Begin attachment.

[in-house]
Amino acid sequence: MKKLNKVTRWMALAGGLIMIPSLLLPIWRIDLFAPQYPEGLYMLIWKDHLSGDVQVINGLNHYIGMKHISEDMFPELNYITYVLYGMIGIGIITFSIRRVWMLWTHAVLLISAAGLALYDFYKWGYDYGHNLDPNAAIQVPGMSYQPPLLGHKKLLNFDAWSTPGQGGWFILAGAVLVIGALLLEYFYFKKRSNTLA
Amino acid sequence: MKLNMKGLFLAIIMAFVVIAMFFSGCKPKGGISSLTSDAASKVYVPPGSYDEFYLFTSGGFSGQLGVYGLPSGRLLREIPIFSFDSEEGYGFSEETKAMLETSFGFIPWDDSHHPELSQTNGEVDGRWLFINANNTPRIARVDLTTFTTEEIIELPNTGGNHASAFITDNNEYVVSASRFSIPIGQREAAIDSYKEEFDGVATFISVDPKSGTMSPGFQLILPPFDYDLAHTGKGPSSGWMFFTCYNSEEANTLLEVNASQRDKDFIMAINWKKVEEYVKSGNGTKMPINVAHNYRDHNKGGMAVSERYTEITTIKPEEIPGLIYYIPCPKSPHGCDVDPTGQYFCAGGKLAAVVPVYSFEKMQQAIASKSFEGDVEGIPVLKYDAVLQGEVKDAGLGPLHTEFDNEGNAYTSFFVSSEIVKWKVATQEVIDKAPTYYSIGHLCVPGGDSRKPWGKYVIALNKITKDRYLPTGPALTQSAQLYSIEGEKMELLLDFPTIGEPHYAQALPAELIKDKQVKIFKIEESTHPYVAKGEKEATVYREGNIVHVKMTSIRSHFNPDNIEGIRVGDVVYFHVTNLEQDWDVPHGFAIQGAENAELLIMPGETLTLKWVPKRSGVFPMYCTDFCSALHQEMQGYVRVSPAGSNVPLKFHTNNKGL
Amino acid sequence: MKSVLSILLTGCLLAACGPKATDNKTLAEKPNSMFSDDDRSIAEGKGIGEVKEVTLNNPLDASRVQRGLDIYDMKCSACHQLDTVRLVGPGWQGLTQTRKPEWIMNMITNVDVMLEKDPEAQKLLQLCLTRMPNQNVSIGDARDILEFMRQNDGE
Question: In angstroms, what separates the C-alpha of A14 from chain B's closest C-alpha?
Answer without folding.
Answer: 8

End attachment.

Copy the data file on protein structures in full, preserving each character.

[in-house]
Amino acid sequence: MKKLNKVTRWMALAGGLIMIPSLLLPIWRIDLFAPQYPEGLYMLIWKDHLSGDVQVINGLNHYIGMKHISEDMFPELNYITYVLYGMIGIGIITFSIRRVWMLWTHAVLLISAAGLALYDFYKWGYDYGHNLDPNAAIQVPGMSYQPPLLGHKKLLNFDAWSTPGQGGWFILAGAVLVIGALLLEYFYFKKRSNTLA
Amino acid sequence: MKLNMKGLFLAIIMAFVVIAMFFSGCKPKGGISSLTSDAASKVYVPPGSYDEFYLFTSGGFSGQLGVYGLPSGRLLREIPIFSFDSEEGYGFSEETKAMLETSFGFIPWDDSHHPELSQTNGEVDGRWLFINANNTPRIARVDLTTFTTEEIIELPNTGGNHASAFITDNNEYVVSASRFSIPIGQREAAIDSYKEEFDGVATFISVDPKSGTMSPGFQLILPPFDYDLAHTGKGPSSGWMFFTCYNSEEANTLLEVNASQRDKDFIMAINWKKVEEYVKSGNGTKMPINVAHNYRDHNKGGMAVSERYTEITTIKPEEIPGLIYYIPCPKSPHGCDVDPTGQYFCAGGKLAAVVPVYSFEKMQQAIASKSFEGDVEGIPVLKYDAVLQGEVKDAGLGPLHTEFDNEGNAYTSFFVSSEIVKWKVATQEVIDKAPTYYSIGHLCVPGGDSRKPWGKYVIALNKITKDRYLPTGPALTQSAQLYSIEGEKMELLLDFPTIGEPHYAQALPAELIKDKQVKIFKIEESTHPYVAKGEKEATVYREGNIVHVKMTSIRSHFNPDNIEGIRVGDVVYFHVTNLEQDWDVPHGFAIQGAENAELLIMPGETLTLKWVPKRSGVFPMYCTDFCSALHQEMQGYVRVSPAGSNVPLKFHTNNKGL
Amino acid sequence: MKSVLSILLTGCLLAACGPKATDNKTLAEKPNSMFSDDDRSIAEGKGIGEVKEVTLNNPLDASRVQRGLDIYDMKCSACHQLDTVRLVGPGWQGLTQTRKPEWIMNMITNVDVMLEKDPEAQKLLQLCLTRMPNQNVSIGDARDILEFMRQNDGE
Question: In angstroms, what separates the C-alpha of A14 from chain B's closest C-alpha?
Answer without folding.
Answer: 8